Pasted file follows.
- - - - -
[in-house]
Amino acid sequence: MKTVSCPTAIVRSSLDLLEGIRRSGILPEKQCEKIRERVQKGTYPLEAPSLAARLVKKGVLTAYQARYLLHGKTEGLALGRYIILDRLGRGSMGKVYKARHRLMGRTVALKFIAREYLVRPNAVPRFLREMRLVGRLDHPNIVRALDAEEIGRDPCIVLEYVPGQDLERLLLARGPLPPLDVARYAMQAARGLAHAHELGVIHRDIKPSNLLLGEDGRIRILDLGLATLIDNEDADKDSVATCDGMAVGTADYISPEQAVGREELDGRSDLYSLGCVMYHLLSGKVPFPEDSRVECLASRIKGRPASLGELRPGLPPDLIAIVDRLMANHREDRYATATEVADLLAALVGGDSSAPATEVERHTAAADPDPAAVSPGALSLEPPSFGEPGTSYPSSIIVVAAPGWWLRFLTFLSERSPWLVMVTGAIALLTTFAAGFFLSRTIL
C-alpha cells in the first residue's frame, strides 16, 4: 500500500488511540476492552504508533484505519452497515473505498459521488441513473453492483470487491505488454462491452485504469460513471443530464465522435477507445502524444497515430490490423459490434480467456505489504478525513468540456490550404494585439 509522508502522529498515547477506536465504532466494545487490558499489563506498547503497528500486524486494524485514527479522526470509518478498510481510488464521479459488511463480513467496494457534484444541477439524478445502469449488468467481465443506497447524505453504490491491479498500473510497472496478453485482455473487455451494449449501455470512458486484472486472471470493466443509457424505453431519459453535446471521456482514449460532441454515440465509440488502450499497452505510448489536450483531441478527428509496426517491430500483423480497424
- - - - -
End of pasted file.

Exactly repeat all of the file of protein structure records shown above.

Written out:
[in-house]
Amino acid sequence: MKTVSCPTAIVRSSLDLLEGIRRSGILPEKQCEKIRERVQKGTYPLEAPSLAARLVKKGVLTAYQARYLLHGKTEGLALGRYIILDRLGRGSMGKVYKARHRLMGRTVALKFIAREYLVRPNAVPRFLREMRLVGRLDHPNIVRALDAEEIGRDPCIVLEYVPGQDLERLLLARGPLPPLDVARYAMQAARGLAHAHELGVIHRDIKPSNLLLGEDGRIRILDLGLATLIDNEDADKDSVATCDGMAVGTADYISPEQAVGREELDGRSDLYSLGCVMYHLLSGKVPFPEDSRVECLASRIKGRPASLGELRPGLPPDLIAIVDRLMANHREDRYATATEVADLLAALVGGDSSAPATEVERHTAAADPDPAAVSPGALSLEPPSFGEPGTSYPSSIIVVAAPGWWLRFLTFLSERSPWLVMVTGAIALLTTFAAGFFLSRTIL
C-alpha cells in the first residue's frame, strides 16, 4: 500500500488511540476492552504508533484505519452497515473505498459521488441513473453492483470487491505488454462491452485504469460513471443530464465522435477507445502524444497515430490490423459490434480467456505489504478525513468540456490550404494585439 509522508502522529498515547477506536465504532466494545487490558499489563506498547503497528500486524486494524485514527479522526470509518478498510481510488464521479459488511463480513467496494457534484444541477439524478445502469449488468467481465443506497447524505453504490491491479498500473510497472496478453485482455473487455451494449449501455470512458486484472486472471470493466443509457424505453431519459453535446471521456482514449460532441454515440465509440488502450499497452505510448489536450483531441478527428509496426517491430500483423480497424